What do they expect OFWs and their families to do? Just accept their ineptitude and insensitivity and expect nothing from them?” Martinez said.
Pongos said in reality, OFWs in Japan are already in crisis even before the calamity hit them, and consequently the threats of a nuclear reactor meltdown. Companies, for example, have been using the Training System as a sugar-coat ing for hiring cheap labor. Under the said labor scheme, companies hire skilled migrant workers as trainees, who basically have the same job as regular workers but receive only half of the latter’s salary.
The Japan-Philippines Economic Partnership Agreement has also provided leeway for paying Filipino nurses’s very low salaries. They are only receiving half the salary of a regular nurse until they pass the nursing license examinations, which is difficult to pass as it is administered in the Nippongo. Since the deployment of nurses to Japan intensified under JPEPA, only Filipino nurse Ever Lalin has passed the exam.
Pongos estimates that about 60 to 70 percent of the total population of Filipinos in Japan are women, and most are cases of marriage migrants. He said the number of marriage migrants has increased since Japan became stringent in regulating entry of foreign entertainers in 2005. From an estimate of 60,000 to 70,000 Filipino women entertainers, Pongos said, it dropped to about 15,000 to 18,000 as of the present. He added that the current economic and social conditions in the Philippines may have also pushed Filipino women migrants to marry locals of Japan.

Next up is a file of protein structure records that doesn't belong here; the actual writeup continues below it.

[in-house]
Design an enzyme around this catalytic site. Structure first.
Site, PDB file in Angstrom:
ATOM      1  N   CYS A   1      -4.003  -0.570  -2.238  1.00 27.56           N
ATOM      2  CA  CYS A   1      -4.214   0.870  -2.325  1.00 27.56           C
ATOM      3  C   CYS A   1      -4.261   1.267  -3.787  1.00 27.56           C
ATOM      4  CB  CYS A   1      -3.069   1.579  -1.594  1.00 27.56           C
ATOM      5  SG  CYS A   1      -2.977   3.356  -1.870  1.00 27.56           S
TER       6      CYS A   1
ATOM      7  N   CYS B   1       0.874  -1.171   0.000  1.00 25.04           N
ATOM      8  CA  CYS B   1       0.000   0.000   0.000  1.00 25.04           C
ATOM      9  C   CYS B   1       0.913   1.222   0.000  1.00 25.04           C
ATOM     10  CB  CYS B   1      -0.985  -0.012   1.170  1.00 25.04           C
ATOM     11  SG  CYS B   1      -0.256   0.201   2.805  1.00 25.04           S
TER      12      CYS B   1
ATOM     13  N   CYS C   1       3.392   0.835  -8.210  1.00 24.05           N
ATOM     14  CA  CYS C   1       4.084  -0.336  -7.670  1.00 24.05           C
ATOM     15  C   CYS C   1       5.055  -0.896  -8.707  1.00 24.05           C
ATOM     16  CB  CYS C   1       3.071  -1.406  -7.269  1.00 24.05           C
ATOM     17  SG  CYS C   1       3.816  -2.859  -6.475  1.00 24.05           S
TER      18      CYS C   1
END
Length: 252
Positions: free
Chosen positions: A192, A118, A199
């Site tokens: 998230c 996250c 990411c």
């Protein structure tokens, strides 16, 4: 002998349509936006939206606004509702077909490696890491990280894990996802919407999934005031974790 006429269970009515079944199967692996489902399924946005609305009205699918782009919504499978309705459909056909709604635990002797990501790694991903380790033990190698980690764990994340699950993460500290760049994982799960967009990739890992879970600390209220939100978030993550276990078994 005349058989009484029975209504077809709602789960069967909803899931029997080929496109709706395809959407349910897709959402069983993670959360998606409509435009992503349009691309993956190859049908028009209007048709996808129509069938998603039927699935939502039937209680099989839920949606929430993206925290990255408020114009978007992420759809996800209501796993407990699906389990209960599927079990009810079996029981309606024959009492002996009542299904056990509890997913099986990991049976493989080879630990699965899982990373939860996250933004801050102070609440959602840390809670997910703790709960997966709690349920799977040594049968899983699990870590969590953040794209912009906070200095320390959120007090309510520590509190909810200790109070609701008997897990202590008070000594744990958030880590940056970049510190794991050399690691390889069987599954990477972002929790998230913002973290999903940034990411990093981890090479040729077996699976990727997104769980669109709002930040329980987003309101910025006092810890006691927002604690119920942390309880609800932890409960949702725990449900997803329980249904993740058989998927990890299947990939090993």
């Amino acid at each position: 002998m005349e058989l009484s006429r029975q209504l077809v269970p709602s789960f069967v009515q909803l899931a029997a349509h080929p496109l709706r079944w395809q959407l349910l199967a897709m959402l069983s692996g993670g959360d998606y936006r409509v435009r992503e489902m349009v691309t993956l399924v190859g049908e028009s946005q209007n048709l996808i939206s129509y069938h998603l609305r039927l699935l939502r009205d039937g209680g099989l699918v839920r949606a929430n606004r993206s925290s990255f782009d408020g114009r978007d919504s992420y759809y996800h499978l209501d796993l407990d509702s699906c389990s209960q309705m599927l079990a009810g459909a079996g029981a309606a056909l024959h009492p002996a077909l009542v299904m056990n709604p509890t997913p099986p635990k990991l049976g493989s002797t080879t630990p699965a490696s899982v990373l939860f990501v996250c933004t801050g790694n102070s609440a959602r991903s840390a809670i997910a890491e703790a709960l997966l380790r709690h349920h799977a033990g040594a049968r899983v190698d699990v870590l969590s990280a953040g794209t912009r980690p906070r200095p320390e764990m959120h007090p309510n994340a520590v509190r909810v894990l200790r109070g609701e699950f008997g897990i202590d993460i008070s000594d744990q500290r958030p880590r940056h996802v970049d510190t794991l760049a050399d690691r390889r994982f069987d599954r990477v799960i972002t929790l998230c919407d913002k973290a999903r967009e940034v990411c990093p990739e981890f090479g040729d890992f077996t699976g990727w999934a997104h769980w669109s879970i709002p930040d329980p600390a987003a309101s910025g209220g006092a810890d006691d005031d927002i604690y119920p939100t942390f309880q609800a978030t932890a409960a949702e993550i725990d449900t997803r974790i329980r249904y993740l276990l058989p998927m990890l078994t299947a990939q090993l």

Because of this, Pongos said, the toy of assistance that Filipinos in Japan need is different from the demands of OFWs in distress from the Middle East. He said that marriage Filipino migrants would prefer to stay in Japan as they already have a family. But, Pongos said, this should not hinder the Philippine embassy from extending assistance since they have a mandate to protect its nationals until they are naturalized.
Foreign undersecretary Rafael Seguis said the Philippine embassy and the Philippine consulate general in Osaka are “constantly in touch with the Japanese Ministry of Foreign Affairs, as well as the local governments of the three hardest-hit prefectures.” He added that they are also coordinating with its four honorary consulates in Japan and different Filipino community groups.
“Filipinos in Tokyo, Osaka and Western Japan are deemed relatively safe,” Philippine ambassador to Japan Manuel Lopez said, “In fact, some of them have pooled their efforts and resources in helping those who were adversely affected by the quake.”
Migrante Japan, however, added that the embassy was “caught flat-footed after 20 Filipino seafarers were trapped after earthquake.
A consular mission was sent on March 14, 2011, or three days after the earthquake and tsunami hit Japan, to rescue 20 Filipino seafarers who were trapped inside a hotel in Fukushima. Migrante Japan said the consular mission, however, had “barely little to offer relief for distraught Filipinos there.”